With approvals and a working prototype in place, 1300 patients were seen over seven weeks in the Kasson and Baldwin Family Medicine Clinics. Marc was the lead physician at the Kasson clinic. The care team were collocated in a team room to promote shared situational awareness. Team huddles allowed information sharing about patients prior to their visit, while patients articulated their visit goals in a half-sheet to capture what they hoped to accomplish with their visit, as well as noting any other issues or concerns. This enabled both a more efficient allocation of care team members and a more holistic treatment of the patient’s condition. The care team was encouraged to make use of non-traditional visits. If patients were required to see multiple members of the care team separately, then the team ensured a warm hand-off. The difference was clearly noted in patient feedback: “It seemed continuous even though there were three people coming in. They knew what I said to the others.” Another patient reported: “I liked that everyone seemed to know about me.” Finally, process measures and exit interviews helped to evaluate the Optimized Care Team model’s performance.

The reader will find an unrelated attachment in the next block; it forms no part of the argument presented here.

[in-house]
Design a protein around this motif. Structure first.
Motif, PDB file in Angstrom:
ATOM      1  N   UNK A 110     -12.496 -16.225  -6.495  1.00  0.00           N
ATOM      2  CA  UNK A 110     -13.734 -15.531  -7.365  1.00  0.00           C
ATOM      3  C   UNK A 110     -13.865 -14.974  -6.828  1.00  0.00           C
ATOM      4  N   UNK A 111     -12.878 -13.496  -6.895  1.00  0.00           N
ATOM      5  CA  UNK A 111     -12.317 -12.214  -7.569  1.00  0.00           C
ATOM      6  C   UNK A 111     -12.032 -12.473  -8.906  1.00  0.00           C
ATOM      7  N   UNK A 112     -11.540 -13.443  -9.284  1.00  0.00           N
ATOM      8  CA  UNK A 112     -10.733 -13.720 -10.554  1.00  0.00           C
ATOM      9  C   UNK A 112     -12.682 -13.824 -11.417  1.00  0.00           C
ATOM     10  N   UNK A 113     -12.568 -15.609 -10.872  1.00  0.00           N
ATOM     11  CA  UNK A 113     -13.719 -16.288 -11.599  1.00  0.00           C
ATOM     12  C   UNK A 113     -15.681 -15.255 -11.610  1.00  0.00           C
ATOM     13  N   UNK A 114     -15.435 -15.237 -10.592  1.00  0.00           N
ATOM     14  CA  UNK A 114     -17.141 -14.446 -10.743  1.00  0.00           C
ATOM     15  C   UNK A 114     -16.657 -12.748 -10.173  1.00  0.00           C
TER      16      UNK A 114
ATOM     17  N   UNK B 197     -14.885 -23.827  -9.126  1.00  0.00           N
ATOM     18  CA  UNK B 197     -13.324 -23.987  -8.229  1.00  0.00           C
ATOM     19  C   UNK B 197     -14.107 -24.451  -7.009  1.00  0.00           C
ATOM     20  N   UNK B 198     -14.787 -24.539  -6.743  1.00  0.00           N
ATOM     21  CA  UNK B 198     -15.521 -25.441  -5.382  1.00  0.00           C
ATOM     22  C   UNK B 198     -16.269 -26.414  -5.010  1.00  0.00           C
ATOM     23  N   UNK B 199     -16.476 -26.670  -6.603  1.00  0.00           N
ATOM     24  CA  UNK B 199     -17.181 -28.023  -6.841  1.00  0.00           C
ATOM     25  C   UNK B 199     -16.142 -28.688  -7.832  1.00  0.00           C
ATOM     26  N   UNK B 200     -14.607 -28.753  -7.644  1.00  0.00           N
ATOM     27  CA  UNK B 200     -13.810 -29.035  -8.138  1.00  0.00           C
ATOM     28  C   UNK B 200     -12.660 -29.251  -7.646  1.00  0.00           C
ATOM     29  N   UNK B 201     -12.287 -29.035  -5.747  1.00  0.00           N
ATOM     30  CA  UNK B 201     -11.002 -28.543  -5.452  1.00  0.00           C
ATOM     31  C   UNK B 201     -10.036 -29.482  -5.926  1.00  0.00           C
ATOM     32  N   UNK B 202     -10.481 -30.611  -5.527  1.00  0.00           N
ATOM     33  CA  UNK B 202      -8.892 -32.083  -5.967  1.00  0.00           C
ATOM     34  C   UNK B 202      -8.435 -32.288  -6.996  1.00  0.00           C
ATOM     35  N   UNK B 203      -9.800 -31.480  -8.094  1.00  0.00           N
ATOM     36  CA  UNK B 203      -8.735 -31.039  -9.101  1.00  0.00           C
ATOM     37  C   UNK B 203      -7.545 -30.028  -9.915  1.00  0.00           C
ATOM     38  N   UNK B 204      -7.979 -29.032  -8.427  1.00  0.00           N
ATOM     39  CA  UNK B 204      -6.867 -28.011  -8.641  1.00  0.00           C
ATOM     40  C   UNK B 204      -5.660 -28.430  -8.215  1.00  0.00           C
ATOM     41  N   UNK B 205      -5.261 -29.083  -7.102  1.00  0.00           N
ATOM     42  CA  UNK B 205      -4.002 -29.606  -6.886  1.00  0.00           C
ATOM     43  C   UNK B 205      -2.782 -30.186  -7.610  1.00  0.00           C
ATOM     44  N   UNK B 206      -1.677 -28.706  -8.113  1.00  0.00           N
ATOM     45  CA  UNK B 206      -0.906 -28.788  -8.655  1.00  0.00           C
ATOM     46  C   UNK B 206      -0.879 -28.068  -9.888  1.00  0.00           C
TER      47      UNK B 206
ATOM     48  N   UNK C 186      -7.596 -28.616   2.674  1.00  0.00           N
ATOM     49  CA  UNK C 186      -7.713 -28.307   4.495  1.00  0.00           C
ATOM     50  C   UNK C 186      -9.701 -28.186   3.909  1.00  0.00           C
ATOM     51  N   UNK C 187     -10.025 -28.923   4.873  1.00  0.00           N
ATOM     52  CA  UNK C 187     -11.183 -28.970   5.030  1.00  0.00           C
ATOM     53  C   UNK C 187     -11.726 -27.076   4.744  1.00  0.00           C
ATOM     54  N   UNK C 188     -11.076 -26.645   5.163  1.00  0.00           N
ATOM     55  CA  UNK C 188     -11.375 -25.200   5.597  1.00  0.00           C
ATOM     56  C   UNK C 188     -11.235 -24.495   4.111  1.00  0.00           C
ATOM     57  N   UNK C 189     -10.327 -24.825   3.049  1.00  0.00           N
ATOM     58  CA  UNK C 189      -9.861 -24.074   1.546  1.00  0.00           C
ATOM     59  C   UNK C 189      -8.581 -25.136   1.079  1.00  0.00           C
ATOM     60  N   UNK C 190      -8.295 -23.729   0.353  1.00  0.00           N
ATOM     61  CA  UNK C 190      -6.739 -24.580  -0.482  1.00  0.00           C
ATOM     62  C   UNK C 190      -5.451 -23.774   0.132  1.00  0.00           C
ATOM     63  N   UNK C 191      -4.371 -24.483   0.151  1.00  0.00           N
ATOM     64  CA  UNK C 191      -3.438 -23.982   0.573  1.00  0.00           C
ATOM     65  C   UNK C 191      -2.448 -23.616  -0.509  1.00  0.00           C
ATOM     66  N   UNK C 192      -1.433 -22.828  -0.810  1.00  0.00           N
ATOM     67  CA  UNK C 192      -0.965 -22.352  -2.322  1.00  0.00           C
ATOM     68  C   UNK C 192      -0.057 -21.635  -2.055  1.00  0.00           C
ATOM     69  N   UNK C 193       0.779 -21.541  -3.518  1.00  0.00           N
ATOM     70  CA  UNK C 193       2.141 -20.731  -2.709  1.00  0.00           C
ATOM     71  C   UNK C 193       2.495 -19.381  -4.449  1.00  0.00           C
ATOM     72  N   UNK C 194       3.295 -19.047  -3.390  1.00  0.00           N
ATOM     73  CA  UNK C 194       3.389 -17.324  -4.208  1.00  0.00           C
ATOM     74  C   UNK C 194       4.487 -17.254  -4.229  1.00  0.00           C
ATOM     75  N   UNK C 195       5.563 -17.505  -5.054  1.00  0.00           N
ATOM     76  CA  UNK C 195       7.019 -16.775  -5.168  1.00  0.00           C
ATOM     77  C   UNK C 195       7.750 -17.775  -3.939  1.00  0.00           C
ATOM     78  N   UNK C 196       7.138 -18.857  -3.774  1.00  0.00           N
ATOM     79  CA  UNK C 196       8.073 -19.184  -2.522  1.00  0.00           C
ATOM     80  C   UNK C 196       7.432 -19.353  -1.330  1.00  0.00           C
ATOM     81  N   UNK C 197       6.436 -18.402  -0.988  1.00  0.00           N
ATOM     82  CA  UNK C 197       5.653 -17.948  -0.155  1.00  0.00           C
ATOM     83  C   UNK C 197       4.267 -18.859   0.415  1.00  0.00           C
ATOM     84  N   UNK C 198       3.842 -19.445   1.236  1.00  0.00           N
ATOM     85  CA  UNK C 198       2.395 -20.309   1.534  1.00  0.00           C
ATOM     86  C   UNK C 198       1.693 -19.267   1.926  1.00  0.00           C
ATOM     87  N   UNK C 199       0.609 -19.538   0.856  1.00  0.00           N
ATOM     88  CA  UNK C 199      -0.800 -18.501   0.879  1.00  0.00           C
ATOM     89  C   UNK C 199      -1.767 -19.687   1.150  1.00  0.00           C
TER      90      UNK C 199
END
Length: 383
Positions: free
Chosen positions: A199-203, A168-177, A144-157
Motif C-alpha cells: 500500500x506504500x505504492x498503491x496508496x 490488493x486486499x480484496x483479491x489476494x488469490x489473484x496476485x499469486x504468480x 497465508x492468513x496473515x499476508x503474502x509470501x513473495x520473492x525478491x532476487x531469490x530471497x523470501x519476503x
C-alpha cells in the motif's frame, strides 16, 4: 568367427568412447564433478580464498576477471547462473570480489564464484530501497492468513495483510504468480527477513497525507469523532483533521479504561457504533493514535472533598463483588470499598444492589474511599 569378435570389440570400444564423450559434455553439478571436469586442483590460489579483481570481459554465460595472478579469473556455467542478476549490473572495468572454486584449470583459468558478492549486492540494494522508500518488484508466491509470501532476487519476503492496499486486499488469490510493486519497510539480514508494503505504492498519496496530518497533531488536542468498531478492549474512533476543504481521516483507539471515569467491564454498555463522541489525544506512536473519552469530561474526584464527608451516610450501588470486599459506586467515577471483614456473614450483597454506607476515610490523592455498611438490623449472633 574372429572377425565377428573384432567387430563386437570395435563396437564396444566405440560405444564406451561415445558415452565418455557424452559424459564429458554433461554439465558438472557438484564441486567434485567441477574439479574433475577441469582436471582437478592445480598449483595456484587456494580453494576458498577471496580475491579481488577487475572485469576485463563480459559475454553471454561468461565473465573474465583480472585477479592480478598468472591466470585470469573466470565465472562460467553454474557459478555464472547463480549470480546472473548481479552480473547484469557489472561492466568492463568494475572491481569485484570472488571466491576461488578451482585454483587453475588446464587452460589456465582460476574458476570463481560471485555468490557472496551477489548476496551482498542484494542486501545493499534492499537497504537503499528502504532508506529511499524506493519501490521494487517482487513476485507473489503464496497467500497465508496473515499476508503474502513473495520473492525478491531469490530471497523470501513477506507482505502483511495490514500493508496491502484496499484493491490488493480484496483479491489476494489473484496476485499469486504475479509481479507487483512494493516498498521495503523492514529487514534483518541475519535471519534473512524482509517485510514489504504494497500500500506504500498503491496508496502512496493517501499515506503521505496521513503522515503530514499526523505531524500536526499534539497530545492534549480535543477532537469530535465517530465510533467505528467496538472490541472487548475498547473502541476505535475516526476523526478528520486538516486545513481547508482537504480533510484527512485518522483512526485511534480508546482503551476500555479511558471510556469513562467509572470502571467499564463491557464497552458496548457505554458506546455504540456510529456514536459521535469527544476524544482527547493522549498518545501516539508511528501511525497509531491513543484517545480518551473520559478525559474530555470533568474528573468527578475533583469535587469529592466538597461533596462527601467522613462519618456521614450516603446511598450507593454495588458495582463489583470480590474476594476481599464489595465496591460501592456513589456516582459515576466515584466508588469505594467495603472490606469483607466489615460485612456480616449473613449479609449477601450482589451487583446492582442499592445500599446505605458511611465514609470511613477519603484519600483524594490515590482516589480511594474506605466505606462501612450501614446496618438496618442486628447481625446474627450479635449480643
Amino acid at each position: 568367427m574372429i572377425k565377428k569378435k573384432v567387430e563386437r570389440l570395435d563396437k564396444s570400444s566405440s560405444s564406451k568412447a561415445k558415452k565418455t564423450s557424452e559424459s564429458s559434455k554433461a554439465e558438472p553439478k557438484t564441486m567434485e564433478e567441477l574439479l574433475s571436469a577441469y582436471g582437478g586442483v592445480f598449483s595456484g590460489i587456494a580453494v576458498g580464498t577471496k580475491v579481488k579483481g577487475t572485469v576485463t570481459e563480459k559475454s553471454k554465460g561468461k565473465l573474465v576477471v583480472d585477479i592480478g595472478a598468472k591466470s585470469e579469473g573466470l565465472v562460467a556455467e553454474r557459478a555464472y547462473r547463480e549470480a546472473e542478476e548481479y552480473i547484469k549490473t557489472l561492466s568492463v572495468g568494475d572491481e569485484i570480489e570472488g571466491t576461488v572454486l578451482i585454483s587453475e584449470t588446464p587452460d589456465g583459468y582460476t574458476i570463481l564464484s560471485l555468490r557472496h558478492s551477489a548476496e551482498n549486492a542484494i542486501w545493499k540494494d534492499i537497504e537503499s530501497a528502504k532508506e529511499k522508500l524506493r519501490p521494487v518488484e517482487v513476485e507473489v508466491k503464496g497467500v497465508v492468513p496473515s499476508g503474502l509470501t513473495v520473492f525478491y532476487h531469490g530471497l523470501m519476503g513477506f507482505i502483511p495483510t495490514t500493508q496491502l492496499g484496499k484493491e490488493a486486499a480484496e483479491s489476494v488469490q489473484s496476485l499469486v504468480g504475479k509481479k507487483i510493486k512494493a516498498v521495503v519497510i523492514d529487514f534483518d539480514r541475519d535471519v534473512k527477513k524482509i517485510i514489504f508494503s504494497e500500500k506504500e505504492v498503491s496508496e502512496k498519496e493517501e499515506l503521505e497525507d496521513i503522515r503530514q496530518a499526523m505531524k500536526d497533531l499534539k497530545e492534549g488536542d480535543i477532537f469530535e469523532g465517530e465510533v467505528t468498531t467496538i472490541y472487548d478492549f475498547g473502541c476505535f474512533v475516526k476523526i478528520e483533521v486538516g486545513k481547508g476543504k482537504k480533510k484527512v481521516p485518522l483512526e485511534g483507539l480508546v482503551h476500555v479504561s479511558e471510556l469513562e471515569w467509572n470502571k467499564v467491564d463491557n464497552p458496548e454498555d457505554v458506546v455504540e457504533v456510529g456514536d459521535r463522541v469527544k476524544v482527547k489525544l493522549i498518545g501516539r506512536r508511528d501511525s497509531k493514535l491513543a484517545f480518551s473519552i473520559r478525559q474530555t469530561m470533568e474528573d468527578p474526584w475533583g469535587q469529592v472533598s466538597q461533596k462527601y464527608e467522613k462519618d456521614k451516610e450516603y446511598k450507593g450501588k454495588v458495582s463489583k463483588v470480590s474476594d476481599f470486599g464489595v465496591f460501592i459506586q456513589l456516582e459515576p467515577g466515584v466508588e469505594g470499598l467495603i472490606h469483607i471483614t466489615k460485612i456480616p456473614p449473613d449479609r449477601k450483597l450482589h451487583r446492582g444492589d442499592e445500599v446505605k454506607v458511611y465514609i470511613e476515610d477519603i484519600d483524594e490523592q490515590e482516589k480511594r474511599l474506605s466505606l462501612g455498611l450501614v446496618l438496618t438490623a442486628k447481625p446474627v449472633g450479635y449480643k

“I liked that everyone seemed to know about me.”

The Optimized Care Team performed well on every metric. It worked. Everyone agreed it was better.

Even initially skeptical patients reported having one of the best appointments they’d ever had. Patients were asked: Did your care providers know your story and reason for visit? Of 164 respondents, 138 said yes, 25 said somewhat, and just 1 said no. For visit satisfaction comparison, of 164 respondents, 72 reported higher satisfaction, 84 reported the same, and 8 reported lower satisfaction. Health care providers spent more time practicing at the top of their licensure. Of the 839 patients data was collected on, 143 visits were performed by integrated team members, and 80 were delegated to nurses. Another 305 patients could have been delegated to integrated team members and a further 132 to nurses, indicating significant potential for further efficiencies and empowerment of allied staff members. Non-visit care also increased, with 70 patients receiving care over the phone and a further 147 assessed as potential non-visit care recipients.